The Conversation Window object, there are a few things you can do to it.
Such as, make it full screen.

$conversationWindow.ShowFullScreen('0')

Now, I want to call someone.  And to do that, I add a participant.
To add a participant I do need one piece of information, their SIP URL.  For most organizations this is the email address of the individual, but it does not have to be (that is the caveat).

# add a person only knowing the SIP address (they do not need to be in your contacts list)
$conversation.AddParticipant( $LyncClient.ContactManager.GetContactByUri( "bogusUser@itproctology.com" ) )

# they will receive a Lync Call

You can keep adding folks.  If you forgot who you added, you can look:

$conversation.SelfParticipant # this is you
$conversation.Participants # this is everyone


Now, lets begin to close down this meeting example.

# exit full screen
$conversationWindow.ExitFullScreen() # note the application is left maximized.
# lets resize the window
$conversationWindow.Resize( 300, 300 )

# remove a participant (we only have their SIP address)
$removePeep = $conversation.Participants | where { $_.Contact.Uri -Match "bogusUser@itproctology.com" }


That was a sneaky one liner of me.  Note that I took all of the participants (which is always an array BTW) and I looked for the ContactUri that contained the email of my person to kick off the meeting.

$conversation.RemoveParticipant( $removePeep )
# note, the person you remove receives a notice that they were removed from the conversation.

# End the meeting

$conversation.End()

That is it.  The lifecycle of a Lync meeting from PowerShell

Those objects are powerful.

Say that you already have a meeting running and you want to use PowerShell to find it;
For this we need the Conversation Manager.

$LyncClient = [Microsoft.Lync.Model.LyncClient]::GetClient()
$conversation = $LyncClient.ConversationManager.Conversations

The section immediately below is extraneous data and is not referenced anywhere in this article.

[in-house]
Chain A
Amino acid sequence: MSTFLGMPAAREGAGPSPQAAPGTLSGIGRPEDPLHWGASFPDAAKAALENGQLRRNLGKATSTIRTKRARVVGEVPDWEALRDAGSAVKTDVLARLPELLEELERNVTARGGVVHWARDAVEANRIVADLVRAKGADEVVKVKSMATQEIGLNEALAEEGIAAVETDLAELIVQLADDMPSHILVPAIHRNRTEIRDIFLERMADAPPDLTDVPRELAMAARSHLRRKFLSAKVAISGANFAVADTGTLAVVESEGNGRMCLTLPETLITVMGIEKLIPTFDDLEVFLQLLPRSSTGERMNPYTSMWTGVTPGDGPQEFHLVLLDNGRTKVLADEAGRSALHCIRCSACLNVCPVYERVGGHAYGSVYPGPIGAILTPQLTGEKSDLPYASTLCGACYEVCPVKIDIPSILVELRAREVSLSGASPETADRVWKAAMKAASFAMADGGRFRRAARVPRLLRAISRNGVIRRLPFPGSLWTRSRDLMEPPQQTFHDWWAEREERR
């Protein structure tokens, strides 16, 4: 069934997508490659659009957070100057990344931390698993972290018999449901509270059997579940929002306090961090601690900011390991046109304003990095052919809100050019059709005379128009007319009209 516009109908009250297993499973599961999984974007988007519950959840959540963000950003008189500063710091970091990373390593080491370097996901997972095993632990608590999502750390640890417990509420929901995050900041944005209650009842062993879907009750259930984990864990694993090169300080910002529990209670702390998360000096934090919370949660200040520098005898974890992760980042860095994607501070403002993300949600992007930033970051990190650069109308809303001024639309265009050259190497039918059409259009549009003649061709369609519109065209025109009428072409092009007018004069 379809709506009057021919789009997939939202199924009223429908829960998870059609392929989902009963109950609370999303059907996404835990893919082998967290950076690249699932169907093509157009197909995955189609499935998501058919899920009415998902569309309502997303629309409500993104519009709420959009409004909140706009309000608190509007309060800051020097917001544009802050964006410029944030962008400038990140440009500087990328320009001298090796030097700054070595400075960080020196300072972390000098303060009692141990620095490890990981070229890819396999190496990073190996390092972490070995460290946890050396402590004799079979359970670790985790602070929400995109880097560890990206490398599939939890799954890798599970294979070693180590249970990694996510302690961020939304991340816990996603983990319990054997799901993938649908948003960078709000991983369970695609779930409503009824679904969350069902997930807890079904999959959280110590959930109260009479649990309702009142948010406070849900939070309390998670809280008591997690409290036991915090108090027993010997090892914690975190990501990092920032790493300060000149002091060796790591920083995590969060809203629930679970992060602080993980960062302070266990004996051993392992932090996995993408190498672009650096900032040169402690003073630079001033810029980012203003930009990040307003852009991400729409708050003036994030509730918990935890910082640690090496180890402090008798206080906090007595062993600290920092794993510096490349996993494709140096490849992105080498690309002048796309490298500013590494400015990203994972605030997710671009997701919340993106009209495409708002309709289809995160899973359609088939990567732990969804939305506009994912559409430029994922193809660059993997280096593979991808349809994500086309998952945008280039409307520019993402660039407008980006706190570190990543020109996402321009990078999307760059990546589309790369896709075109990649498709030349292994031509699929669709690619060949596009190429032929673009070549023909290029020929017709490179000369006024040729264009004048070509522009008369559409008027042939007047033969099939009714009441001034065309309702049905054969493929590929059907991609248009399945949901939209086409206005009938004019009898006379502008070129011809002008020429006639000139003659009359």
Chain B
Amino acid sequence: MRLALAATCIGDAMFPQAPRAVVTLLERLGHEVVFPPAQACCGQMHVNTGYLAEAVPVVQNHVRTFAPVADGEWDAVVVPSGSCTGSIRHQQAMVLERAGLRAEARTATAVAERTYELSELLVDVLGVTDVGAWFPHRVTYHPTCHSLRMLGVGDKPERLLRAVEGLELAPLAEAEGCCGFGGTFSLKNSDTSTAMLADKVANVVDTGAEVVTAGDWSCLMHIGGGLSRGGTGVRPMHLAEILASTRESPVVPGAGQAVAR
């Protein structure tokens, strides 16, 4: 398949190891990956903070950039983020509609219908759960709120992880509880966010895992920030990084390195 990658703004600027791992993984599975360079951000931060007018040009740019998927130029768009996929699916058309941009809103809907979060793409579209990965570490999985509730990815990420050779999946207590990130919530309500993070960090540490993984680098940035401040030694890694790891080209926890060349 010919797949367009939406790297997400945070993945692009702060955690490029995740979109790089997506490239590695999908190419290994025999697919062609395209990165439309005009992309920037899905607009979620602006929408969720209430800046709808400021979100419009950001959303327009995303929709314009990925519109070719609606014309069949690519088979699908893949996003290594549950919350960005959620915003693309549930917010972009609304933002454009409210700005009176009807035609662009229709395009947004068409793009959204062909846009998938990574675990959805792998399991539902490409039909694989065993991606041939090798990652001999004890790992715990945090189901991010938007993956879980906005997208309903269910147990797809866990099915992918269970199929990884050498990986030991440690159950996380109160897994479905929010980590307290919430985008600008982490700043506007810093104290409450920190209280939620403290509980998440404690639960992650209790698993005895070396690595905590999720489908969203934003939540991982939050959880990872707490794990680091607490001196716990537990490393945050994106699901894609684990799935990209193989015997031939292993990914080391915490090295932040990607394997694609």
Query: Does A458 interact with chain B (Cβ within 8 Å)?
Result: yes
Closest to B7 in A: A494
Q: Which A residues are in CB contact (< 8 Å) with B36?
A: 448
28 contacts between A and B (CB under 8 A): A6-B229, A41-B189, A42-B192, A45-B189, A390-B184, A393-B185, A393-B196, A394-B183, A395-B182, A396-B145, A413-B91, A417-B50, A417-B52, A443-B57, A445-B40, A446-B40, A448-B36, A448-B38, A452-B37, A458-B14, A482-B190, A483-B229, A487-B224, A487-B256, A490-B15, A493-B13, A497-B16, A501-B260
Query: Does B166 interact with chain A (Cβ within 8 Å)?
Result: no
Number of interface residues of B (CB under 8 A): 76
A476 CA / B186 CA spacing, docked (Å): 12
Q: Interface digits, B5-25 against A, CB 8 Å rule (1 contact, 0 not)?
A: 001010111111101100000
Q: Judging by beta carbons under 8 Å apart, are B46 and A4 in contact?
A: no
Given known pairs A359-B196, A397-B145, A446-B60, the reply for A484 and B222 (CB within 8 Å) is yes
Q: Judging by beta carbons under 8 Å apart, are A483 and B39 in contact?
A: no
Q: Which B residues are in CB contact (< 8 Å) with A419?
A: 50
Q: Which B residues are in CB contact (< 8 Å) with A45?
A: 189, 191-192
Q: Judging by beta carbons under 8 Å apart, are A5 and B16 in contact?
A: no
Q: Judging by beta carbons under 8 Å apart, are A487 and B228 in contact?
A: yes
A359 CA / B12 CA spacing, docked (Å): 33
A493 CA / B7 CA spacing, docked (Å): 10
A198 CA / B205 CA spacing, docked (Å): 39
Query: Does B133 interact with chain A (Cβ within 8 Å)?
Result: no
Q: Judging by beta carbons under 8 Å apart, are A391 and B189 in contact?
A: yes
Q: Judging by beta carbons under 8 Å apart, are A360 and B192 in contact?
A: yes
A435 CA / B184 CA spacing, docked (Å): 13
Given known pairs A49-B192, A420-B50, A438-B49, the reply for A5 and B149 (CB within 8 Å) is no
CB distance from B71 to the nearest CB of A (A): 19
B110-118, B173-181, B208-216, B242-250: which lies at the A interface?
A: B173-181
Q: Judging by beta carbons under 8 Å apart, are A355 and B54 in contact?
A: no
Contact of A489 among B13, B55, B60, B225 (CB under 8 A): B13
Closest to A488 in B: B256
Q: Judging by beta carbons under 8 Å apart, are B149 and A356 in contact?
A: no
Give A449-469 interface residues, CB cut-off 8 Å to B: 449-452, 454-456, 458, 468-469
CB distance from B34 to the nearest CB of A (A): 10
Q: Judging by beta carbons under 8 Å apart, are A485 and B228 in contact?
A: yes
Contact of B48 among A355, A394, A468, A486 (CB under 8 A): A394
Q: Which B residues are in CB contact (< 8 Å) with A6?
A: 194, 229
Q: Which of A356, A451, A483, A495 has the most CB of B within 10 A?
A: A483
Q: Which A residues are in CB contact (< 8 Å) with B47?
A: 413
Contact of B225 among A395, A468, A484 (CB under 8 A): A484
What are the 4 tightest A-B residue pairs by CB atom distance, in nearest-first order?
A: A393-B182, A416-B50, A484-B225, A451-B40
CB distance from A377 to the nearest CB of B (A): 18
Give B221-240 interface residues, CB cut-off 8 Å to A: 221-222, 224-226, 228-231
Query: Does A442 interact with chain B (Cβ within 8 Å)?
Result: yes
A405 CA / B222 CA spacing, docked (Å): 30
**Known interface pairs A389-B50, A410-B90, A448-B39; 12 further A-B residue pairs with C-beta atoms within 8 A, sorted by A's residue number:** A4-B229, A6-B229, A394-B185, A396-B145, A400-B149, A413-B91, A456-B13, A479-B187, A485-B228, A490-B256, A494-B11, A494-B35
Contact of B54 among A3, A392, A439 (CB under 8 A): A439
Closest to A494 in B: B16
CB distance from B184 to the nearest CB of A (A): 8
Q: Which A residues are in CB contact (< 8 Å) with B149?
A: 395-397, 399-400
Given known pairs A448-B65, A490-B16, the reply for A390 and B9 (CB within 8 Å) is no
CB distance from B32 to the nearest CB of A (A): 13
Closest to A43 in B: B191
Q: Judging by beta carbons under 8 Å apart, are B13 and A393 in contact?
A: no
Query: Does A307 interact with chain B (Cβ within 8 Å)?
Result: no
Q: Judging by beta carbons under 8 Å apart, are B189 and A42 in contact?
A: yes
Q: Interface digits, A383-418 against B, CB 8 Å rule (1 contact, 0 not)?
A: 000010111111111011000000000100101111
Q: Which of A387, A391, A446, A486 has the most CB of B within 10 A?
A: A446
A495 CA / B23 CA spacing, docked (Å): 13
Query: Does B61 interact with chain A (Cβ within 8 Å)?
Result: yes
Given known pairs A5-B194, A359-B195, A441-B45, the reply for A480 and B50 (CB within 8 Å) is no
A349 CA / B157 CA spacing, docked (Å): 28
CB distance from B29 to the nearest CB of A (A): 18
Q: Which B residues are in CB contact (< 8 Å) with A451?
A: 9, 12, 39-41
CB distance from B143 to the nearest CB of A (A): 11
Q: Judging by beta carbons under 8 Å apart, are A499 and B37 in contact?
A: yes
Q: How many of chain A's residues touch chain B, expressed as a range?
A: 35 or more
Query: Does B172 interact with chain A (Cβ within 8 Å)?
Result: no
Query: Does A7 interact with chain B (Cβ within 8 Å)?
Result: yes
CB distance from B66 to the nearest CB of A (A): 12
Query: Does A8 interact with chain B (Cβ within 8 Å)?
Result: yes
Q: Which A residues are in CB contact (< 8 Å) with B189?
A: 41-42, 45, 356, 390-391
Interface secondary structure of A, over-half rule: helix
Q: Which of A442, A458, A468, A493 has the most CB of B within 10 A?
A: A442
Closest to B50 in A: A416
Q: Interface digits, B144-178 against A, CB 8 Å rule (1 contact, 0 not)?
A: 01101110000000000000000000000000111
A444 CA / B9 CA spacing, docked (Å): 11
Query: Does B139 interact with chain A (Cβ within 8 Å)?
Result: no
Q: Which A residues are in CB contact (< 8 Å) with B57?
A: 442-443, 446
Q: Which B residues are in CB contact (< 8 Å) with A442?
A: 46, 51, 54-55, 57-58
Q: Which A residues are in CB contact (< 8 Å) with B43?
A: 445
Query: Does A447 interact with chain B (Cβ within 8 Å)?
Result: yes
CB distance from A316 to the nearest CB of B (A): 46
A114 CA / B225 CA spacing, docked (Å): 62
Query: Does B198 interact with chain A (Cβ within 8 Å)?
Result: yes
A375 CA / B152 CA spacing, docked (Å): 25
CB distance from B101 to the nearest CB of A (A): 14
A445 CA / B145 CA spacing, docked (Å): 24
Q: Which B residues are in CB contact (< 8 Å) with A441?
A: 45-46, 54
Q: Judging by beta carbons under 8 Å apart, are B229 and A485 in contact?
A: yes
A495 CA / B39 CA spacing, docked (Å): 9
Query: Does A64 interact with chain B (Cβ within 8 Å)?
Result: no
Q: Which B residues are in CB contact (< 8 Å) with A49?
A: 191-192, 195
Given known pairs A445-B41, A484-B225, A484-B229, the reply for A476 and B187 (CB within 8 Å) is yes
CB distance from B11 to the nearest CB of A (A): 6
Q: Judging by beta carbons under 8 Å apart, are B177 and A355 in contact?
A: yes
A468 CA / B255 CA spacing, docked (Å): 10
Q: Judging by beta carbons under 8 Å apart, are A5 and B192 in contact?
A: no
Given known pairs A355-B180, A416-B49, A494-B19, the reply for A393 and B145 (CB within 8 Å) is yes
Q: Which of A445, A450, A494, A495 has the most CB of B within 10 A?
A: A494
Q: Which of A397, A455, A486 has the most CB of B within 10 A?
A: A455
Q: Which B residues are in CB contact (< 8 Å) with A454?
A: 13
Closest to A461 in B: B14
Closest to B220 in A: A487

And then find the conversation (as we can have more than one IM conversation at a time).

Now, a few other shortcuts to get you working:

# add IM into IM Window
$Conversation.Modalities['InstantMessage'].BeginSendMessage("Welcome", {}, 0)

# what I can share
$resources = $Conversation.Modalities['ApplicationSharing'].ShareableResources

# share my desktop
$Conversation.Modalities['ApplicationSharing'].BeginShareDesktop( {}, 0)

# share a specific resource
$Conversation.Modalities['ApplicationSharing'].BeginShareResources( $resources[1], {}, 0)

# add voice
$Conversation.Modalities['AudioVideo'].BeginConnect({}, 0)

# remove contect sharing (stop sharing, stage stays present)
$Conversation.Modalities['ApplicationSharing'].BeginDisconnect([Microsoft.Lync.Model.Conversation.ModalityDisconnectReason]::None, {}, 0)

# stop the video call, keep the IM
$conversation.Modalities['AudioVideo'].BeginDisconnect([Microsoft.Lync.Model.Conversation.ModalityDisconnectReason]::None, {}, 0)

# send a thanks for attending IM
$Conversation.Modalities['InstantMessage'].BeginSendMessage("Thanks for attending. Tasks will follow.", {}, 0)

1 comment:

Chris Tejeda said...

Hello,
great post. I'm using this to make calls via the lync client and cisco ip phones.

How would i go about transfering a call to another participant or another number in this matter.